Spirit Lake Trout On Road To Recovery
Until two weeks ago, only two trout had been caught in Spirit Lake since the 1980 eruption of Mount St. Helens.
So when Amy Bryant, a Forest Service fishery worker, hauled in a gillnet with trout No. 3 Aug. 6, she let out a whoop and planted a smack on the fish.
A shoreline examination determined that the rainbow trout was a female. Bryant named her “Helen” after the volcano that rises from the shore of the lake.
Helen was the only trout caught by a team of six biologists during a week. One rainbow was netted in 1993, and another the following year, and the biologists had hoped to see an increase in the lake’s fish population.
After two disappointing days of research, Washington Fish and Wildlife Department biologist Bob Lucas said, “I don’t think there are that many fish here, not for a lake this size.” The lake covers 3,098 acres, two-and-a-half times the surface area of the pre-eruption body.
Before Mount St. Helens erupted, Spirit Lake was a popular fishing spot. The state planted about 25,000 rainbow trout each year, and steelhead and coho swam up the Toutle River and spawned in the scenic lake.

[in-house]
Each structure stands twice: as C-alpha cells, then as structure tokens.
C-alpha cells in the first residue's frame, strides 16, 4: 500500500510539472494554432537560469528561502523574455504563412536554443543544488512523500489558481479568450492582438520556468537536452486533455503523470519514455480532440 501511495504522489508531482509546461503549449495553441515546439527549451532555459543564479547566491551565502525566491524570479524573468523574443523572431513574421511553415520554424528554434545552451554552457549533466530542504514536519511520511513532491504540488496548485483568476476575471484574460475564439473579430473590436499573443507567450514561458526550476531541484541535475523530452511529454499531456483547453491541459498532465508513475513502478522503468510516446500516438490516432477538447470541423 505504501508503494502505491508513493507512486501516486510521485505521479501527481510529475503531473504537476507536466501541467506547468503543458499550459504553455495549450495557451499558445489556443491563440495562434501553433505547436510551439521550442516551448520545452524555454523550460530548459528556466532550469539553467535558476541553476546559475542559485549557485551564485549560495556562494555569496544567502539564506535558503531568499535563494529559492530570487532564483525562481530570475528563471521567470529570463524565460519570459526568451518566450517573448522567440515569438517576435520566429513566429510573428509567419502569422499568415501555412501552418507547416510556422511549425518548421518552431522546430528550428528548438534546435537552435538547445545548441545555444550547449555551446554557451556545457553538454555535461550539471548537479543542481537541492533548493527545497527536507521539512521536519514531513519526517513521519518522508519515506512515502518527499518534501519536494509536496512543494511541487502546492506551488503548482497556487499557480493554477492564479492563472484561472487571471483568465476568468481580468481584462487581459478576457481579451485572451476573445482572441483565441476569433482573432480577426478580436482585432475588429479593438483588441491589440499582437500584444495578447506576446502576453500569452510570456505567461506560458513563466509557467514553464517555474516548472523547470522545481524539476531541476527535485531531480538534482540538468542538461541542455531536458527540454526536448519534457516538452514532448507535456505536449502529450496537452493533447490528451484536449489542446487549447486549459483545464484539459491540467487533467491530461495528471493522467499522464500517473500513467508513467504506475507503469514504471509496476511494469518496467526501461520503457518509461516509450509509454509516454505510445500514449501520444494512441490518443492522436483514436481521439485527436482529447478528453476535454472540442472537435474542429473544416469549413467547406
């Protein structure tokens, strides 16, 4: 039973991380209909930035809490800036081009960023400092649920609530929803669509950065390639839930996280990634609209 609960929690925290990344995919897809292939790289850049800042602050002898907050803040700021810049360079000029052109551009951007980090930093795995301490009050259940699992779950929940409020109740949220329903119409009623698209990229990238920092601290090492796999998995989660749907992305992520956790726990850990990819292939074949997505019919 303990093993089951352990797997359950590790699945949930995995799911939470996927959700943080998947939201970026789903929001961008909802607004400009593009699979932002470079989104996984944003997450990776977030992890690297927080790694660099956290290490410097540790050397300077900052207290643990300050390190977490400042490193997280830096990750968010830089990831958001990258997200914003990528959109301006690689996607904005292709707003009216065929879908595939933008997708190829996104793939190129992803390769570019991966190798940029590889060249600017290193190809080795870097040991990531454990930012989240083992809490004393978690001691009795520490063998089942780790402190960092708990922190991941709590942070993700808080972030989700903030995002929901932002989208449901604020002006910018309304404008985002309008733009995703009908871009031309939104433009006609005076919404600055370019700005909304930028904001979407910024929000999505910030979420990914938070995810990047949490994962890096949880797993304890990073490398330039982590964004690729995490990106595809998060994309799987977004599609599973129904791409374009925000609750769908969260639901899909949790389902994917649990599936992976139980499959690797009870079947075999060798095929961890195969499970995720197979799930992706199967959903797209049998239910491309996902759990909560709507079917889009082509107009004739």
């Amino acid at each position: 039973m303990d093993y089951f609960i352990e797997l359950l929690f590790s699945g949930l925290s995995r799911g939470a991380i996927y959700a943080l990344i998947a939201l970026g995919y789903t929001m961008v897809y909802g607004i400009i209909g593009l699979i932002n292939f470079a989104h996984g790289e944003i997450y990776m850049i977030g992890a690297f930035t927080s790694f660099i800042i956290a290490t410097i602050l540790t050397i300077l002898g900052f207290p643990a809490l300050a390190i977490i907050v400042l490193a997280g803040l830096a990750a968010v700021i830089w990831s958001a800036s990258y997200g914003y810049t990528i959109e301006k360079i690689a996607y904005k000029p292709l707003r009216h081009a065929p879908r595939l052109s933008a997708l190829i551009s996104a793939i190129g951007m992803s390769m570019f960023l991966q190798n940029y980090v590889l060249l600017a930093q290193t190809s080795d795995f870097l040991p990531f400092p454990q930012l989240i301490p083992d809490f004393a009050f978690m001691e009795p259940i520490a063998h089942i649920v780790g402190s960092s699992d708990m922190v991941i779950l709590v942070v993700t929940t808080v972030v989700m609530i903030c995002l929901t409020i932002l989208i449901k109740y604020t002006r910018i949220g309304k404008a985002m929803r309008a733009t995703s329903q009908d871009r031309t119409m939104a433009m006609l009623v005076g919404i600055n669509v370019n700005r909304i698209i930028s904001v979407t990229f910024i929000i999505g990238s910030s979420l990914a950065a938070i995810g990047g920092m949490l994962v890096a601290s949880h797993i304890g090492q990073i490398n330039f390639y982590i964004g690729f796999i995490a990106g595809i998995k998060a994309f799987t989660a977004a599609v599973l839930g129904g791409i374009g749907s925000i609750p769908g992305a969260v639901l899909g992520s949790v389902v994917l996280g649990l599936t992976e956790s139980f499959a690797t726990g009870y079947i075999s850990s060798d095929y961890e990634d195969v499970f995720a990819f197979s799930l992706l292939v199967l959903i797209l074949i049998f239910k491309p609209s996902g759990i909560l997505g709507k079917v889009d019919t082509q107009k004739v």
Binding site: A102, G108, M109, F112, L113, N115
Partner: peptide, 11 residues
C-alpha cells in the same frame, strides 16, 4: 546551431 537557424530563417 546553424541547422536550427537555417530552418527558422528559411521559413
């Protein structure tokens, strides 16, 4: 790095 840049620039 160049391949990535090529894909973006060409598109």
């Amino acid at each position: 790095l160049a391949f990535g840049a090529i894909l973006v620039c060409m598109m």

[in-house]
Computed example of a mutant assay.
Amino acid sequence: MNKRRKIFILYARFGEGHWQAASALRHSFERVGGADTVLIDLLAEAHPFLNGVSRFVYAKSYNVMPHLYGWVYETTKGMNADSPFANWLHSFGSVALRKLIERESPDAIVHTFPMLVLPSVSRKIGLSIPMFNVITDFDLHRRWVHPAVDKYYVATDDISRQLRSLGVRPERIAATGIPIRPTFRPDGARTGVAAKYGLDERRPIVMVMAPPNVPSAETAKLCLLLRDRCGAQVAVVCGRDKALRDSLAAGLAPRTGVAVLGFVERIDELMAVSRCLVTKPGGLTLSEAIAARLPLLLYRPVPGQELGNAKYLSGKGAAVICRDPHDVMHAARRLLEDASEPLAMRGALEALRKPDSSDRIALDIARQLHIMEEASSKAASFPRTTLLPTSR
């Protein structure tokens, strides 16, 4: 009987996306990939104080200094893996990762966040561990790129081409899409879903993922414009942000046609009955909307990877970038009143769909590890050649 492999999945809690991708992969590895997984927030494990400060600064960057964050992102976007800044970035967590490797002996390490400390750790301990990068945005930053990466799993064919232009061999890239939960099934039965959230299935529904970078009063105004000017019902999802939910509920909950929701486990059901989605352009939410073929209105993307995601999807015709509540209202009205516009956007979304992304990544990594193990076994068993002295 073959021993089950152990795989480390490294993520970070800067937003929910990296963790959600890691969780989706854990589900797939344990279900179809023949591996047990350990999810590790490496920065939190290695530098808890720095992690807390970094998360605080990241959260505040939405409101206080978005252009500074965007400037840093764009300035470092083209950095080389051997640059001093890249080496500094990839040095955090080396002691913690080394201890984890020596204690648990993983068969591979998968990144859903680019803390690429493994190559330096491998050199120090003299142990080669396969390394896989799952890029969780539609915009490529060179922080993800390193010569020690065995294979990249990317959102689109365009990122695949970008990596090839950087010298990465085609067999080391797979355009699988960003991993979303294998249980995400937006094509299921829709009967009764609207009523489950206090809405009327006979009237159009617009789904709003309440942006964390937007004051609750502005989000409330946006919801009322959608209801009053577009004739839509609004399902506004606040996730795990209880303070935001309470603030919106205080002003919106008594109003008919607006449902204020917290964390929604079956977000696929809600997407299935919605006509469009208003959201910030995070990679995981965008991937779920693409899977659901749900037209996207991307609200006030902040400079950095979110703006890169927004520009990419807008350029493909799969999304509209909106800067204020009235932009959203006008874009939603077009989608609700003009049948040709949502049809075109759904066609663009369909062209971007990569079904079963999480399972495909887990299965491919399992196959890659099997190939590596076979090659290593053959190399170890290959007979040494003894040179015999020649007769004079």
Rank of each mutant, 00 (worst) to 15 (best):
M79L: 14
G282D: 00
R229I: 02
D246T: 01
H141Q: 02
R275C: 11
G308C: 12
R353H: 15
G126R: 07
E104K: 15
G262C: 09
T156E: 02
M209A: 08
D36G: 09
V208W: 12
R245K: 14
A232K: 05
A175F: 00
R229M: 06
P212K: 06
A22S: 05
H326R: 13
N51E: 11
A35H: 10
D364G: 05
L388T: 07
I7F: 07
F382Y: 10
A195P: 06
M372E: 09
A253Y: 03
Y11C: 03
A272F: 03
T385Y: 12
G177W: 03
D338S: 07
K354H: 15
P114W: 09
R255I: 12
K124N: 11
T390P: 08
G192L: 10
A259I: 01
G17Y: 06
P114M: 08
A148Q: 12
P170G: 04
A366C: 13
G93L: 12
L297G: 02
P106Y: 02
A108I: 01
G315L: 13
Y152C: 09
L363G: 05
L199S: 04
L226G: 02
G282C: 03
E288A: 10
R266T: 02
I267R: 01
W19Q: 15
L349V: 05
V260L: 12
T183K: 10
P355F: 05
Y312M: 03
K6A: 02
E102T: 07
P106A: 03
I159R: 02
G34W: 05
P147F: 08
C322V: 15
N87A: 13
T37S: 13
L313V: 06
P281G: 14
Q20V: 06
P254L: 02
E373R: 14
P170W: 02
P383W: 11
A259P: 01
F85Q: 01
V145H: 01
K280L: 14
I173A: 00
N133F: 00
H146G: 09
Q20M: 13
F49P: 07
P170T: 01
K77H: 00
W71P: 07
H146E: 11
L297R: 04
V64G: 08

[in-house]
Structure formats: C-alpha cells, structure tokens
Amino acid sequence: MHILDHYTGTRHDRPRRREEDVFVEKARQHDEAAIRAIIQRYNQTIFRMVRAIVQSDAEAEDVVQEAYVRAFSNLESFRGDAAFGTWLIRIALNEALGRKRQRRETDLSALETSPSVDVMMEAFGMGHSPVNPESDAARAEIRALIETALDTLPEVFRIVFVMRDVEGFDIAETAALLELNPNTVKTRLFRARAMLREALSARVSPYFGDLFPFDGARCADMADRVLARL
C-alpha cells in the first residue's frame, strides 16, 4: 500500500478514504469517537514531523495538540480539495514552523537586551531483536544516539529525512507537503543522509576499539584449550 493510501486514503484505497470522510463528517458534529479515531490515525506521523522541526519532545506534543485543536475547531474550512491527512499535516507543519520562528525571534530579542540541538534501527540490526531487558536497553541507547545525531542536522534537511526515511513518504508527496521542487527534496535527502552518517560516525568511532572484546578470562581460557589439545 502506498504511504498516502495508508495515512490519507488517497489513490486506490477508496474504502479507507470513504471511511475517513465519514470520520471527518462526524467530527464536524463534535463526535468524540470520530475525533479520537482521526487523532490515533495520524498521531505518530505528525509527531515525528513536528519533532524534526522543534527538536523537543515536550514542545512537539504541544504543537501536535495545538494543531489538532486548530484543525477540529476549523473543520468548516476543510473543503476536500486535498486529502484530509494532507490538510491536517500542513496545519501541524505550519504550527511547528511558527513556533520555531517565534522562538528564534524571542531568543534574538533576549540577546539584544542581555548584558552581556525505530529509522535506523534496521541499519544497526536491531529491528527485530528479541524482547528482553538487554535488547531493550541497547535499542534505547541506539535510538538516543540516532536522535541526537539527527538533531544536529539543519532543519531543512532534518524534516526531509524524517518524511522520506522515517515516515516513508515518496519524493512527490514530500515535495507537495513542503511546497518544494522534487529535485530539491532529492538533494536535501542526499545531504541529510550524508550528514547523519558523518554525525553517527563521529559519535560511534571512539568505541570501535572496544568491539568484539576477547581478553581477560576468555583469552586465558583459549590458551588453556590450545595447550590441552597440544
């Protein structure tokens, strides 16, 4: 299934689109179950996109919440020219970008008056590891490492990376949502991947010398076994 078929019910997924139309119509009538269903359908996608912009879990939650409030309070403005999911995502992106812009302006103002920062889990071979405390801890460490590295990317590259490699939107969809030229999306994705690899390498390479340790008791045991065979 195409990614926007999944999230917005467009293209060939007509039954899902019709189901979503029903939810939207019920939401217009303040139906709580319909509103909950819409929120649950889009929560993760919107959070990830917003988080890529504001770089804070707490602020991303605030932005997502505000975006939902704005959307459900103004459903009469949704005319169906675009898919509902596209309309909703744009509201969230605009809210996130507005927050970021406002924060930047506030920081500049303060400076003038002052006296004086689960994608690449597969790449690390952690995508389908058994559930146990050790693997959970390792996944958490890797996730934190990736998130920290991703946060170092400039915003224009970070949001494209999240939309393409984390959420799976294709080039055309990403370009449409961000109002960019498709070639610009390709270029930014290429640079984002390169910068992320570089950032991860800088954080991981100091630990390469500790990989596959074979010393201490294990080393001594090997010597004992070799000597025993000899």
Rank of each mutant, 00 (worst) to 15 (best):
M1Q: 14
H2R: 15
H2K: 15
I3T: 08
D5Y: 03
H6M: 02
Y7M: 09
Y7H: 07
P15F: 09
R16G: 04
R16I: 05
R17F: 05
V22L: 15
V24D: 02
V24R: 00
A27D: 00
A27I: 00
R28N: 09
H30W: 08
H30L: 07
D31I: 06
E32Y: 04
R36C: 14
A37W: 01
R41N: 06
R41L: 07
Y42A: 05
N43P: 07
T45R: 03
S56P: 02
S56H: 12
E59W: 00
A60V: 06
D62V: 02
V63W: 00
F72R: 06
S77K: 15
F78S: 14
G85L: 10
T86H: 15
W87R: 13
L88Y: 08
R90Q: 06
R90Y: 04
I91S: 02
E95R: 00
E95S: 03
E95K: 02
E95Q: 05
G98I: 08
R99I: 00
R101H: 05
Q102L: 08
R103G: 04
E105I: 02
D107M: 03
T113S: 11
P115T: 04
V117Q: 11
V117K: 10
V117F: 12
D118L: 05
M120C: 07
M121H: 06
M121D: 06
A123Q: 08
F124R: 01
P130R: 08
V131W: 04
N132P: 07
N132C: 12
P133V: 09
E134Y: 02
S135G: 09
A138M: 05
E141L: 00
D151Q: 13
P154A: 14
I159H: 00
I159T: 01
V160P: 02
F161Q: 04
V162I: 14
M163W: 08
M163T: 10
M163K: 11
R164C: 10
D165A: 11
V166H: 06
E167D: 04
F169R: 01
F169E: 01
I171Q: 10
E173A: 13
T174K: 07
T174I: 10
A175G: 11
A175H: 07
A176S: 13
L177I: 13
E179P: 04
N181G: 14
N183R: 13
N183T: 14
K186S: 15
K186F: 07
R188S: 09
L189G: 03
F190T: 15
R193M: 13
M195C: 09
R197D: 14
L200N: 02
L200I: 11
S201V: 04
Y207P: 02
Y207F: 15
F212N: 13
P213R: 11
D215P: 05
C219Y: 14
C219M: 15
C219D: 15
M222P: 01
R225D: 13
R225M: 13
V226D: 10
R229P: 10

That all ended in a few minutes in 1980. The volcano’s blast displaced the water in Spirit Lake, which flowed back in but was heated to temperatures lethal to fish. Decaying organic material that ended up in the lake robbed the water of oxygen.
Biologists theorize that trout were able to survive in a stream that flowed into the lake. They may have washed down from St. Helens Lake, which empties into Spirit Lake. A lake trout was found in St. Helens Lake in 1983, though rainbows hadn’t been caught there for many years before the eruption.
The outlet channel to Spirit Lake is now a 1.6-mile-long tunnel that is thought to be impassible to fish. The public isn’t allowed off trails near the lake, where fishing is prohibited.
The first post-eruption trout, netted in 1993, was named “Harry,” and “Harriet” followed in 1994. Harry was determined to be a wild fish, ruling out the chance that someone planted him. Harriet’s DNA had similarities to Cowlitz River system stocks - she could have descended from pre-eruption fish that made it up the Toutle.
Helen, of course, was dead after spending the night trapped in the net about 25 feet deep.
The biologists put Helen on a log and gathered around her for a post-mortem. She was 13 inches long and weighed a plump one pound. The fish was about two years old.
Tissue samples haven’t been analyzed to determine Helen’s origin.
Three fish in three years of testing is far from a full creek, though it’s at least proof that Spirit Lake was recovered to the point it can support fish.